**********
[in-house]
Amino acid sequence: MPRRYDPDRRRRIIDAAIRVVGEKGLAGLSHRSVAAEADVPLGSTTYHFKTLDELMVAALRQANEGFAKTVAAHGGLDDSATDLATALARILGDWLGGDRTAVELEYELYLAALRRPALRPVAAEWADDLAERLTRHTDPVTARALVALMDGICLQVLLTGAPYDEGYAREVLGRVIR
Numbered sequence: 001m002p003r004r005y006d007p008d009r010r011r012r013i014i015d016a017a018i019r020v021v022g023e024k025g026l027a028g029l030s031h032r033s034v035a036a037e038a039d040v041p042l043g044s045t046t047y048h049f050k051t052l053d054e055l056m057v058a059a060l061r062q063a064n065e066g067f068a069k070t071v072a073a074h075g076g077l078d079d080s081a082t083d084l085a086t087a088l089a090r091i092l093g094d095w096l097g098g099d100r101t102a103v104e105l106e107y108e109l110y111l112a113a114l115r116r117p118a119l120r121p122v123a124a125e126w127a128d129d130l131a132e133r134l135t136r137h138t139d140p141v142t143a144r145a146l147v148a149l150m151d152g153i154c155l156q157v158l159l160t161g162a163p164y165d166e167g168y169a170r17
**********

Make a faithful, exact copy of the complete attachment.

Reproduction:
[in-house]
Amino acid sequence: MPRRYDPDRRRRIIDAAIRVVGEKGLAGLSHRSVAAEADVPLGSTTYHFKTLDELMVAALRQANEGFAKTVAAHGGLDDSATDLATALARILGDWLGGDRTAVELEYELYLAALRRPALRPVAAEWADDLAERLTRHTDPVTARALVALMDGICLQVLLTGAPYDEGYAREVLGRVIR
Numbered sequence: 001m002p003r004r005y006d007p008d009r010r011r012r013i014i015d016a017a018i019r020v021v022g023e024k025g026l027a028g029l030s031h032r033s034v035a036a037e038a039d040v041p042l043g044s045t046t047y048h049f050k051t052l053d054e055l056m057v058a059a060l061r062q063a064n065e066g067f068a069k070t071v072a073a074h075g076g077l078d079d080s081a082t083d084l085a086t087a088l089a090r091i092l093g094d095w096l097g098g099d100r101t102a103v104e105l106e107y108e109l110y111l112a113a114l115r116r117p118a119l120r121p122v123a124a125e126w127a128d129d130l131a132e133r134l135t136r137h138t139d140p141v142t143a144r145a146l147v148a149l150m151d152g153i154c155l156q157v158l159l160t161g162a163p164y165d166e167g168y169a170r17